Slocum said she's not in a big rush to meet a man. She'd like to find someone and have time to get to know him before she has kids. She said she hasn't dated a lot of guys in the last year. Maybe three.

One was too controlling.

One was too needy.

One was too self-centered.

"I think people have so much going on in their lives, so much pressure to not settle down," said Slocum, whose parents divorced when she was 3. "We're the first generation of all the divorces. There's a lot more pressure to stay married forever. There's a lot more pressure to not screw up."

She acknowledged that she's a little picky.

"That's why I haven't met anyone," she said, grabbing a black leather jacket and heading out the door to her 2002 silver Jeep. "I want the attraction to be there. I want everything to be there. Personality and intelligence. I don't want them to be too possessive. I want a nice boy, and they're all married."

Slocum said she wasn't expecting to meet her "knight in shining armor" while speed dating. She viewed this as an opportunity to meet new friends.

"They call it speed dating, but I don't consider it going on a date if you have a three-minute conversation with somebody," she said, driving down Bayshore Boulevard, the Tampa skyline to her right in the darkened sky.

Tooth check

There are 33 two-top tables lined up in rows of about seven on the outdoor patio next to the bar at Jackson's.

Slocum says that some of her friends are going to hang out at the bar and watch her and another friend, Lauren Payne, be guinea pigs.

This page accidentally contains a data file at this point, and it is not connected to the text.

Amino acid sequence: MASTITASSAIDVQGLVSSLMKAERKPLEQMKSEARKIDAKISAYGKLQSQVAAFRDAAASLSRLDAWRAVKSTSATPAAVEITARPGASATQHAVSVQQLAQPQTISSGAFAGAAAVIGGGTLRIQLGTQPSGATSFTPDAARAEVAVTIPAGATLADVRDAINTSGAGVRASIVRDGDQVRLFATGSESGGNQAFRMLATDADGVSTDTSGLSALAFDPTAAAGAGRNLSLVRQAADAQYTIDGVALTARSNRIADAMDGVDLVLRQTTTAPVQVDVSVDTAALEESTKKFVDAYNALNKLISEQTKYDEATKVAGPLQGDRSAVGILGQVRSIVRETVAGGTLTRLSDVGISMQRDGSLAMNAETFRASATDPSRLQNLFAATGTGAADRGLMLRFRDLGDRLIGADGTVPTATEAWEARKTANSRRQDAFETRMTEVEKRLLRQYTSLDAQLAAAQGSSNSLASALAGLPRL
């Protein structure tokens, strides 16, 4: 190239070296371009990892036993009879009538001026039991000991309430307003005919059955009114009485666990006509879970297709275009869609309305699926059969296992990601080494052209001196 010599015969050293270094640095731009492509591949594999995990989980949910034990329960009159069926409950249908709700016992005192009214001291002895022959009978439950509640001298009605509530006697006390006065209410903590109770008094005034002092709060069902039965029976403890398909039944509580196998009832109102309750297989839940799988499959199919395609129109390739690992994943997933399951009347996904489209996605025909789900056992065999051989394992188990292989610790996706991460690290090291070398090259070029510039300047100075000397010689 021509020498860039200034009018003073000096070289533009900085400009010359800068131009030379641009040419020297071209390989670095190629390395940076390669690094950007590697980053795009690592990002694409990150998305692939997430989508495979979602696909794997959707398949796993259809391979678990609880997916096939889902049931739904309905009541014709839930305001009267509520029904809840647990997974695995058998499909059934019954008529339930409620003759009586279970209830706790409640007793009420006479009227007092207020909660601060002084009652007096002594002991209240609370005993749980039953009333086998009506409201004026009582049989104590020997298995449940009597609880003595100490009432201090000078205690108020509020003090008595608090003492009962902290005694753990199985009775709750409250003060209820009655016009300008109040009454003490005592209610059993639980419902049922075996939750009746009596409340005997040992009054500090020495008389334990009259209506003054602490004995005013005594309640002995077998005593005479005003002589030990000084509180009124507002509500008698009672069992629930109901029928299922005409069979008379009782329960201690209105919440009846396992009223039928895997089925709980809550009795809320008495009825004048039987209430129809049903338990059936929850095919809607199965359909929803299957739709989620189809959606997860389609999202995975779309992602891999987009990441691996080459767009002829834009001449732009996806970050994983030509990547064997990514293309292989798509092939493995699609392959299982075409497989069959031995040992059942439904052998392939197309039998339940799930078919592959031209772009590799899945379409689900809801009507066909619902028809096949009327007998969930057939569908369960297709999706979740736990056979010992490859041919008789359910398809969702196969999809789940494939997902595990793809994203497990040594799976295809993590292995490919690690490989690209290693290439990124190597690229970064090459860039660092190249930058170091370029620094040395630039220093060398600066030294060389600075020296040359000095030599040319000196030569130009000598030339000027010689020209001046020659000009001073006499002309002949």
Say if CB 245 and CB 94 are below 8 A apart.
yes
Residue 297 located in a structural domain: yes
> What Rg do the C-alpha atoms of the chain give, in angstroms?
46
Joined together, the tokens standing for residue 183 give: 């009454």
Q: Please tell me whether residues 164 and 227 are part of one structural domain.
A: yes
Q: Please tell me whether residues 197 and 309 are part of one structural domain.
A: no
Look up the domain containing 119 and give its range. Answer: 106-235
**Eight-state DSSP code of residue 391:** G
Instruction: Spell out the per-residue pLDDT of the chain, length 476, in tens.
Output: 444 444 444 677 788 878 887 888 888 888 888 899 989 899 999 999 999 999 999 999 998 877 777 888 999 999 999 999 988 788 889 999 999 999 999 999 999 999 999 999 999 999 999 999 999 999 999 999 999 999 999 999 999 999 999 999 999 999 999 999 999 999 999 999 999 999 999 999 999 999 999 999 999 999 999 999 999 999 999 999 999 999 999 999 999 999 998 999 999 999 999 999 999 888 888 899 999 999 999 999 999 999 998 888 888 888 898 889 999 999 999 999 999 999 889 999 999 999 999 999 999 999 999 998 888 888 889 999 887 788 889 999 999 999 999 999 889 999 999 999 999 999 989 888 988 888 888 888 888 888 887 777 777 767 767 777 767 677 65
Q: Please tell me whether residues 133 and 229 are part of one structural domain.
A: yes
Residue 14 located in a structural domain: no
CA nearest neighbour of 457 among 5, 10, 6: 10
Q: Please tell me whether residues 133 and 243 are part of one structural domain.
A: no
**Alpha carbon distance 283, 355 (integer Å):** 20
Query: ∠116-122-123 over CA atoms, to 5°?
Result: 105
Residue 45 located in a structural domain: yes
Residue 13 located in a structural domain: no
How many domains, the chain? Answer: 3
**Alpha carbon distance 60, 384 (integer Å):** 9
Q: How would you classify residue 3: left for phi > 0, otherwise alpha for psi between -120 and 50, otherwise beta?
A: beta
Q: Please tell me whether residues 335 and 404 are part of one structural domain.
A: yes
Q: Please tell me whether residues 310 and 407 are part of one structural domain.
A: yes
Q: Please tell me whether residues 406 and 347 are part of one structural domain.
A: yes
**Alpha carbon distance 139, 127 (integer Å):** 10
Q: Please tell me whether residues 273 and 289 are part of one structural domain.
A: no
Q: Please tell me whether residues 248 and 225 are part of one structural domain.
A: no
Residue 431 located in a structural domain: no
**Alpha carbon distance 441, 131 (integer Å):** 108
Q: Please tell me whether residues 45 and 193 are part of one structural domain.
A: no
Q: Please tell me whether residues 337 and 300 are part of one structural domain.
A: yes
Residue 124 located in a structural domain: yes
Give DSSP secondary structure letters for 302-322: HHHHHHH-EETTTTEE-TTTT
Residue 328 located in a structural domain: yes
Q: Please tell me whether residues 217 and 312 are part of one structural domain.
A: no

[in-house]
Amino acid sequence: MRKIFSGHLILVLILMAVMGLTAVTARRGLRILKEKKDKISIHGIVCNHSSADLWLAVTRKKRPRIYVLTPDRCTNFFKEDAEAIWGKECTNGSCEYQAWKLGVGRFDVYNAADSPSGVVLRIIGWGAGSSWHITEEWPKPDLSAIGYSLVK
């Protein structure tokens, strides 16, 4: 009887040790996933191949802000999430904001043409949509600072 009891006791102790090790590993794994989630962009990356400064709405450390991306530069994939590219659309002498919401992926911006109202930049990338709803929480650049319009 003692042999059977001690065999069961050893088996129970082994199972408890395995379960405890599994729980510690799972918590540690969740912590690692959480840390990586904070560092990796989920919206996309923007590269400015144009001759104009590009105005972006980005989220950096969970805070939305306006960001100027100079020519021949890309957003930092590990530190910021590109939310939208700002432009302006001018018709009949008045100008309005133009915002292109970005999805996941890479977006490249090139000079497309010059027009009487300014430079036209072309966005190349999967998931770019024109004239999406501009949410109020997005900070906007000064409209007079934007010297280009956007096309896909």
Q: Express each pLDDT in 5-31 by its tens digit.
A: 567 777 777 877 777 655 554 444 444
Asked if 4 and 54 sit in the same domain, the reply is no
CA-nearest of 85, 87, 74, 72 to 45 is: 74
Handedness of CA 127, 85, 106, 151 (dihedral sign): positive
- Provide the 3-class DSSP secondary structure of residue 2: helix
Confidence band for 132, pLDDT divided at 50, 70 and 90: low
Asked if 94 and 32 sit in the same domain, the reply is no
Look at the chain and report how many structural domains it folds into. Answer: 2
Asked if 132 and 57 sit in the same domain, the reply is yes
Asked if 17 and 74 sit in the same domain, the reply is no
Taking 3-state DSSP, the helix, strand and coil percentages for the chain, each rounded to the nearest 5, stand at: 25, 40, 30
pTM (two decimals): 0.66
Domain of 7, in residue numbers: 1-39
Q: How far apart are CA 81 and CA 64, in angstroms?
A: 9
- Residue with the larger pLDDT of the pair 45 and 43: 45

Soon she finds out that she also knows some of the guys. She runs into Darrin Guilbeau, who once dated someone Slocum knows.

"What happened with church boy?" he asks, referring to someone she dated briefly.

"Oh, that's history. That's a long time ago," Slocum replies, taking a sip of a chardonnay.

"Shall we start out together?" he says. He's 35 years old with longish wavy brown hair, blue eyes, a mouth full of braces.

"I think that would make it easier to ease into it," Slocum says.

They head over to one of the green plastic two-tops, each with a votive candle in a hazy jar, a black plastic ashtray and a list of questions that the daters are supposed to use if the conversation gets dry.

Among them:

"Do you believe in ghosts?"

"Can you roll your tongue?"

"How do you like to be kissed?"

Slocum and Guilbeau look at the score sheets they've been given. On them are a list of numbers representing each person they will talk to. Beneath each number, they must indicate whether they want to date that person again by circling a Y or a N. Both circle yes for each other right off the bat.

"He wants to make sure the system works," Slocum says, laughing.

"Okay, guys," yells Ken Deckinger, the CEO of HurryDate, through his microphone. "Three minutes. Thirty-three dates. Every minute counts. Here we go."

He blows a whistle and sets his stop watch. The dates begin.

"Do I have broccoli on my teeth?" Guilbeau asks, baring his braces.

How time flies

The women sit at the tables. The men move from table to table. Down one line of them, up the other.

About four dates in, Slocum perks up for a guy named Jason Armstrong. He's 27, dressed like he just walked out of an Abercrombie & Fitch catalog, with looks to match. His name tag says Jason 69.

"That's a nice number to have," says Slocum, noting his attractive smile.

"Isn't it great?" he says, taking his seat. "That's the ice breaker."

"So what are you doing here?" he asks, yelling a little to be heard over the 32 other dates going on in the room.